Last year was an incredibly challenging year for me. However, it also was a great year for learning. Here are some of the valuable lessons I learned last year.
- “To be trusted is a greater compliment than being loved.” – George MacDonald
Throughout the course of last year, I had the great pleasure of working with people from all walks of life. Through this experience, one of the things I learned about is trust. If you want people to listen to, and furthermore understand, your message likeability and trust are really important. If I don’t like or trust someone and likewise if someone doesn’t like or trust me, we won’t be able to work with each other in a cordial and efficient manner; thus, affecting not only our relationship with each other, but also our quality of work.
Trust is the foundation of all relationships. It dictates how we choose to interact with each other. One thing you should know about trust is that it is very difficult to earn and is very easily broken. Having to regain trust in any relationship is almost akin to tying a knot using the two ends of a broken rubber band. It, the rubber band and the relationship, never work the same afterwards.
- “If someone isn’t what others want them to be, the others become angry. Everyone seems to have a clear idea of how other people should lead their lives, but none about his or her own.” ― Paulo Coelho, The Alchemist
My experiences and observations throughout last year made me realize that we have become a society that is very quick to judge and criticize other people. You can learn a lot about a person by the way they choose to treat others. Hurt and insecure people are going to find ways to hurt others. This, in turn, ends up becoming a self-perpetuating, vicious cycle. The best way to combat this is to treat people the way you want to be treated – with compassion, kindness and respect. I know, this is very easy to say and (depending on the situation) very hard to do, but only the brave hearted can (and will) do it.
Respect is NOT conditional. It doesn’t (or rather shouldn’t) come with one’s social stature, but should be granted to each and every individual.
I realized in the months leading up to the end of the year that a lot of the time people tend to do the best they can with what they know. The reality is: When you know better, you are supposed to do better.
- “Only if you give up… It’s your choice, not your fate.” – Plio, Dinosaur (2000)
Over the course of the year, I was presented with the opportunity to work on many projects. Unfortunately, a number of these projects either faded away completely or didn’t come to full fruition due to lack of funding. It was during this time that a very close friend – who knew of the finer details of my struggles behind the scenes – imparted some very valuable advice. She said, “be honest with yourself.” It is okay to feel low when things don’t work out the way you envisioned it to. But the real question is this: what are you going to do now? It is very easy to give in to defeat and difficult to keep going, especially when it feels like you have no support. Ultimately, accepting defeat/failure is a choice. Regard every challenge as an opportunity for change. I regard the Candid Chat blog posts as a testament of me putting this advice into action.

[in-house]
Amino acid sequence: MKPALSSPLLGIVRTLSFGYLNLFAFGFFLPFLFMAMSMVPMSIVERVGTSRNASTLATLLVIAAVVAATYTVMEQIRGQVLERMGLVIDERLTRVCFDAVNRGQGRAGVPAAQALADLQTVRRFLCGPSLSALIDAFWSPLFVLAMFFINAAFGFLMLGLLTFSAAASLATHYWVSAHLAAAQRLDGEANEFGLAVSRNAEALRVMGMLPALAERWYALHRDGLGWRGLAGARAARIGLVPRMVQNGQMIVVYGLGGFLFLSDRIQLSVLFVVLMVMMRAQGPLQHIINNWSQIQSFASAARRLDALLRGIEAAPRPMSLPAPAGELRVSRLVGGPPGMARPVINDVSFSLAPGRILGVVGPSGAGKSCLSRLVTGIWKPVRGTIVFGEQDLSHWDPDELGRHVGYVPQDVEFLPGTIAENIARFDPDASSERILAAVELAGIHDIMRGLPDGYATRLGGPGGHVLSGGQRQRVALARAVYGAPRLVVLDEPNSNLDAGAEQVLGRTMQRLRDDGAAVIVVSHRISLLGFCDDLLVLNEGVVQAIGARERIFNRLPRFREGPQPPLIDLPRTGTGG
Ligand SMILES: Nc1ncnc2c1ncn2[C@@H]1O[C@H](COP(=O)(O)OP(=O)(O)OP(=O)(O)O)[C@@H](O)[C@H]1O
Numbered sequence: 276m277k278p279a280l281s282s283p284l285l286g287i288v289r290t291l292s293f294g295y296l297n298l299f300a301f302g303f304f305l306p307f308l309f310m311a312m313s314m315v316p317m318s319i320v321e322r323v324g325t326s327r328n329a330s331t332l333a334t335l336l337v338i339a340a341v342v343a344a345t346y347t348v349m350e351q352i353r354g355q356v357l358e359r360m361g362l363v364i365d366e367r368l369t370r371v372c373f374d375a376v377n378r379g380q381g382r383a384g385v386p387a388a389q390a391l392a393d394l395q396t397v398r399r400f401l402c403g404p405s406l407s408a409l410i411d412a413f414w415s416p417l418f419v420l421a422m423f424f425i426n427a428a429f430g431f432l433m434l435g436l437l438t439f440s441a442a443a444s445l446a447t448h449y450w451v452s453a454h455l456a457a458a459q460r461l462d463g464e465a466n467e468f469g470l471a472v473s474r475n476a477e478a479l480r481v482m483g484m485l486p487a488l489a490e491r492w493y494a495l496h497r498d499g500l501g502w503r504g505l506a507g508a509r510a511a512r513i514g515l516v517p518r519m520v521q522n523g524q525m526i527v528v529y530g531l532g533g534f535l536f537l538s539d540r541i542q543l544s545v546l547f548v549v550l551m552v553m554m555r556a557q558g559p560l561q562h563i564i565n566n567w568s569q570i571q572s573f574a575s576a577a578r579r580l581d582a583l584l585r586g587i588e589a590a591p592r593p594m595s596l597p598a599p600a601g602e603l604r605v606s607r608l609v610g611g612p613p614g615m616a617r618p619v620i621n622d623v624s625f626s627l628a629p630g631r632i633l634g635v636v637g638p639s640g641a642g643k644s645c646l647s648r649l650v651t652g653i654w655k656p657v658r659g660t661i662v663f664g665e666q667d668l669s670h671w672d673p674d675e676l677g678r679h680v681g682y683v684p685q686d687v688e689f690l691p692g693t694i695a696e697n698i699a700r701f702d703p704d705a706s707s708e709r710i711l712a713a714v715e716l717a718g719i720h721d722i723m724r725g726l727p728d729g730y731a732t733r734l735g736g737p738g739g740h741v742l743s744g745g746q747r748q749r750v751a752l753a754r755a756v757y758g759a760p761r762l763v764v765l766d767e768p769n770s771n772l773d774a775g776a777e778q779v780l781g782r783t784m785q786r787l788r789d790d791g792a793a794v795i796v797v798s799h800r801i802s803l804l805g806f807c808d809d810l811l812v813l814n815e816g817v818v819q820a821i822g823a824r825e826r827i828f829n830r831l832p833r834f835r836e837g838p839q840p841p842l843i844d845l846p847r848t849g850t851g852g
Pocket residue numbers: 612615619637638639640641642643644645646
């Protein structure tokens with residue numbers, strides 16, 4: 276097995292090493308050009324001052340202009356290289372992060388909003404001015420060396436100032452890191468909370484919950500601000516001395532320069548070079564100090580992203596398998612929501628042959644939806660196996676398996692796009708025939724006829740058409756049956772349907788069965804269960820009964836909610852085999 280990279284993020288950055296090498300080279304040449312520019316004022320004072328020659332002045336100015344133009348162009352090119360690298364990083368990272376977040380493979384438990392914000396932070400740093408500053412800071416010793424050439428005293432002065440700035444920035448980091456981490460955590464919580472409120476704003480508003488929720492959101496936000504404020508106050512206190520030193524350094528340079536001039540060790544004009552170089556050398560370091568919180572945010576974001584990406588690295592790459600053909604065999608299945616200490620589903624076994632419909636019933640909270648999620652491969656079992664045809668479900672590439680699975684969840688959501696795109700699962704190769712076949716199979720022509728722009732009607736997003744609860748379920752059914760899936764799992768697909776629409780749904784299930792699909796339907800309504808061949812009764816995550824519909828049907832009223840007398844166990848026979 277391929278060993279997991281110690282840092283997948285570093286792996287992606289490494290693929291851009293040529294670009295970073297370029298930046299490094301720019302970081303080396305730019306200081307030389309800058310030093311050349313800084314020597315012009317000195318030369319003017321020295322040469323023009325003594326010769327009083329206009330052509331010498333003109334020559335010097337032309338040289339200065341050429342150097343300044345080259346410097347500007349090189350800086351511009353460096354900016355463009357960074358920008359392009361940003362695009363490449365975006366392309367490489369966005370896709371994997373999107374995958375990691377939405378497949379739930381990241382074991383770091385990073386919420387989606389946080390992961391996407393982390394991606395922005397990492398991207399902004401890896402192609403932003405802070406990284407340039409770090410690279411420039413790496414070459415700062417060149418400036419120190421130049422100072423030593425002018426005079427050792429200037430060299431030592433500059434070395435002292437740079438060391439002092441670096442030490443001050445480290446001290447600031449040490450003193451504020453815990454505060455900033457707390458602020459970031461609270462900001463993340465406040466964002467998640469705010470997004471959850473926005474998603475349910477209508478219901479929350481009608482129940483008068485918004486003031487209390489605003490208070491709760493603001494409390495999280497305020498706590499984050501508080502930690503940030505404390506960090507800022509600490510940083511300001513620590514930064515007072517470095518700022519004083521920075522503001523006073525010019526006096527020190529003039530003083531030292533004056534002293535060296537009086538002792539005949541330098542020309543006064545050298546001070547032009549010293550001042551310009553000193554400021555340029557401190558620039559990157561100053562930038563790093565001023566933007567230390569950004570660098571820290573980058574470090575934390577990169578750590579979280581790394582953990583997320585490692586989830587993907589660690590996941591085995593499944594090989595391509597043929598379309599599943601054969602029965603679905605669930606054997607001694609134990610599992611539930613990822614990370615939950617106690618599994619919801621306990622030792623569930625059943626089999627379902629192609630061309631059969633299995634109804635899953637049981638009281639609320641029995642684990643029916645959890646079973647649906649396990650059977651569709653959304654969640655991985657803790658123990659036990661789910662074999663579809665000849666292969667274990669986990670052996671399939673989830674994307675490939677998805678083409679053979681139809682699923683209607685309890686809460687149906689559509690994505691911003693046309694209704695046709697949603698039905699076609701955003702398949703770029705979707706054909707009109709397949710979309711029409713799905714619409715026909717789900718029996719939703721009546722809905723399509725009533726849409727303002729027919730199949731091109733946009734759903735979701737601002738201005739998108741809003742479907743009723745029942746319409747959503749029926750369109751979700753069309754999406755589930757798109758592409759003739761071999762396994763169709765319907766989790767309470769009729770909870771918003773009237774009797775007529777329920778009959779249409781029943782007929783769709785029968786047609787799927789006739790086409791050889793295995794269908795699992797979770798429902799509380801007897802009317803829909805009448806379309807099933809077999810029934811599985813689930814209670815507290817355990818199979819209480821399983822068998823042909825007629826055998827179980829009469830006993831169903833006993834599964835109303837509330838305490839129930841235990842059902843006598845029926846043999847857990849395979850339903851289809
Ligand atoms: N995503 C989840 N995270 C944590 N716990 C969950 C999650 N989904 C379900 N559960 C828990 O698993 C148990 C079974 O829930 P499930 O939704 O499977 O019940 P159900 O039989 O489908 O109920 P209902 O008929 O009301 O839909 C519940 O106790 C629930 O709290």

4. “Do you want to know who you are? Don’t ask. Act! Action will delineate and define you.” – Thomas Jefferson
“We can each define ambition and progress for ourselves. The goal is to work toward a world where expectations are not set by the stereotypes that hold us back, but by our personal passion, talents and interests.” – Sheryl Sandberg
“Never be bullied into silence. Never allow yourself to be made a victim. Accept no one’s definition of your life; define yourself.” – Harvey Fierstein
During this time, individuals define themselves by their successes (or lack thereof). Note: it is the effort one should laud more than the result. Sometimes an individual will put in more than a 1000% effort, but still not receive the result they wish to attain. That doesn’t mean that the individual hasn’t tried hard enough.
In times like that, especially, remember that one isn’t defined by her failures, nor is she defined by her successes. She is defined by how she chooses to be defined this current moment.
- Passion will move men [and women] beyond themselves, beyond their shortcomings, beyond their failures. – Joseph Campbell, American Mythologist, Writer, and Lecturer
Last year, I realized the importance of having passion for your work. It is when you love your work that every challenge will seem like an opportunity to learn and grow, which will, in turn, improve your quality of work.
I learned that with passion it is equally important to be disciplined and have a sense of direction. When you have these three things – passion, discipline, and direction – you can never go wrong.